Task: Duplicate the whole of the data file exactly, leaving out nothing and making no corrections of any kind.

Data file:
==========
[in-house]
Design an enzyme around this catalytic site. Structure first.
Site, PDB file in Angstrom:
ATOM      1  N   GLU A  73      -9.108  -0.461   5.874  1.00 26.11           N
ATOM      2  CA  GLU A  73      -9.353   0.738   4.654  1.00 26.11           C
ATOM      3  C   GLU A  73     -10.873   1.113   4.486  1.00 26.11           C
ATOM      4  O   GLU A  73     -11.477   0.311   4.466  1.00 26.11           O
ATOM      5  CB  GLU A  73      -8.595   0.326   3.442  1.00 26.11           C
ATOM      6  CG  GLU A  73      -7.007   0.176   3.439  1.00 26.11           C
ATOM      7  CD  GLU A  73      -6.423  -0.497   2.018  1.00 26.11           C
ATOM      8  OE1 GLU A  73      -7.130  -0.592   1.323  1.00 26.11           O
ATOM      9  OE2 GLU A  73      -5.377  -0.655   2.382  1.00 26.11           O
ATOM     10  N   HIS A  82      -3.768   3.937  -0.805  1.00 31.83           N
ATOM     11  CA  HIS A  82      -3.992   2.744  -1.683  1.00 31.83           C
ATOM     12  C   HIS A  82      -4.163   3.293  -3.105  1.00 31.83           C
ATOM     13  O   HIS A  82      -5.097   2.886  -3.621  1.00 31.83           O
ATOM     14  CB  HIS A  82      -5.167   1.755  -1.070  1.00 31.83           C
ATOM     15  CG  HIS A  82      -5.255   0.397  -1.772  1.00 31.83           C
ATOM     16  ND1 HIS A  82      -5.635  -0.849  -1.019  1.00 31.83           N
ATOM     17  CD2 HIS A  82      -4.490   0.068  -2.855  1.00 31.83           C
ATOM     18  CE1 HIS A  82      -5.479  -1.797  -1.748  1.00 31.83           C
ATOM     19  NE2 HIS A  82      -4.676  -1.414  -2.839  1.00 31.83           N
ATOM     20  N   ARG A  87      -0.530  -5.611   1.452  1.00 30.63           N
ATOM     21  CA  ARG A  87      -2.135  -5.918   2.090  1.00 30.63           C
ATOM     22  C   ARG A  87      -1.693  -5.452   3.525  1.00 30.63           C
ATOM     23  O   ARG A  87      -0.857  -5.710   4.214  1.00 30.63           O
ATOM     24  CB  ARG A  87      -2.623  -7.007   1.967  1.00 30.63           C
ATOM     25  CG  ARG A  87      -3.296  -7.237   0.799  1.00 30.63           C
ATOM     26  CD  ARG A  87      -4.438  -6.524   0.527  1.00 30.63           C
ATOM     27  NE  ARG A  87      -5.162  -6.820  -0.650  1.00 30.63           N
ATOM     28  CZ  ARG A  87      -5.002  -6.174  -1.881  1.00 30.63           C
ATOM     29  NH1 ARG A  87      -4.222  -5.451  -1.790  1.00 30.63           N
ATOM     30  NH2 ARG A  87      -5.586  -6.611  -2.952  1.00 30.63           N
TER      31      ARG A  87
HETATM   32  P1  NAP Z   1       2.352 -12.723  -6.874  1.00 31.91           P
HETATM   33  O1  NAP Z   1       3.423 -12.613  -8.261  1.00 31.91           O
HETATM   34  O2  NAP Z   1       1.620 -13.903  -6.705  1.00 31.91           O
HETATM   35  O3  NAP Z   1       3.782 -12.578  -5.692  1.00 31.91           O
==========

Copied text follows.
[in-house]
Design an enzyme around this catalytic site. Structure first.
Site, PDB file in Angstrom:
ATOM      1  N   GLU A  73      -9.108  -0.461   5.874  1.00 26.11           N
ATOM      2  CA  GLU A  73      -9.353   0.738   4.654  1.00 26.11           C
ATOM      3  C   GLU A  73     -10.873   1.113   4.486  1.00 26.11           C
ATOM      4  O   GLU A  73     -11.477   0.311   4.466  1.00 26.11           O
ATOM      5  CB  GLU A  73      -8.595   0.326   3.442  1.00 26.11           C
ATOM      6  CG  GLU A  73      -7.007   0.176   3.439  1.00 26.11           C
ATOM      7  CD  GLU A  73      -6.423  -0.497   2.018  1.00 26.11           C
ATOM      8  OE1 GLU A  73      -7.130  -0.592   1.323  1.00 26.11           O
ATOM      9  OE2 GLU A  73      -5.377  -0.655   2.382  1.00 26.11           O
ATOM     10  N   HIS A  82      -3.768   3.937  -0.805  1.00 31.83           N
ATOM     11  CA  HIS A  82      -3.992   2.744  -1.683  1.00 31.83           C
ATOM     12  C   HIS A  82      -4.163   3.293  -3.105  1.00 31.83           C
ATOM     13  O   HIS A  82      -5.097   2.886  -3.621  1.00 31.83           O
ATOM     14  CB  HIS A  82      -5.167   1.755  -1.070  1.00 31.83           C
ATOM     15  CG  HIS A  82      -5.255   0.397  -1.772  1.00 31.83           C
ATOM     16  ND1 HIS A  82      -5.635  -0.849  -1.019  1.00 31.83           N
ATOM     17  CD2 HIS A  82      -4.490   0.068  -2.855  1.00 31.83           C
ATOM     18  CE1 HIS A  82      -5.479  -1.797  -1.748  1.00 31.83           C
ATOM     19  NE2 HIS A  82      -4.676  -1.414  -2.839  1.00 31.83           N
ATOM     20  N   ARG A  87      -0.530  -5.611   1.452  1.00 30.63           N
ATOM     21  CA  ARG A  87      -2.135  -5.918   2.090  1.00 30.63           C
ATOM     22  C   ARG A  87      -1.693  -5.452   3.525  1.00 30.63           C
ATOM     23  O   ARG A  87      -0.857  -5.710   4.214  1.00 30.63           O
ATOM     24  CB  ARG A  87      -2.623  -7.007   1.967  1.00 30.63           C
ATOM     25  CG  ARG A  87      -3.296  -7.237   0.799  1.00 30.63           C
ATOM     26  CD  ARG A  87      -4.438  -6.524   0.527  1.00 30.63           C
ATOM     27  NE  ARG A  87      -5.162  -6.820  -0.650  1.00 30.63           N
ATOM     28  CZ  ARG A  87      -5.002  -6.174  -1.881  1.00 30.63           C
ATOM     29  NH1 ARG A  87      -4.222  -5.451  -1.790  1.00 30.63           N
ATOM     30  NH2 ARG A  87      -5.586  -6.611  -2.952  1.00 30.63           N
TER      31      ARG A  87
HETATM   32  P1  NAP Z   1       2.352 -12.723  -6.874  1.00 31.91           P
HETATM   33  O1  NAP Z   1       3.423 -12.613  -8.261  1.00 31.91           O
HETATM   34  O2  NAP Z   1       1.620 -13.903  -6.705  1.00 31.91           O
HETATM   35  O3  NAP Z   1       3.782 -12.578  -5.692  1.00 31.91           O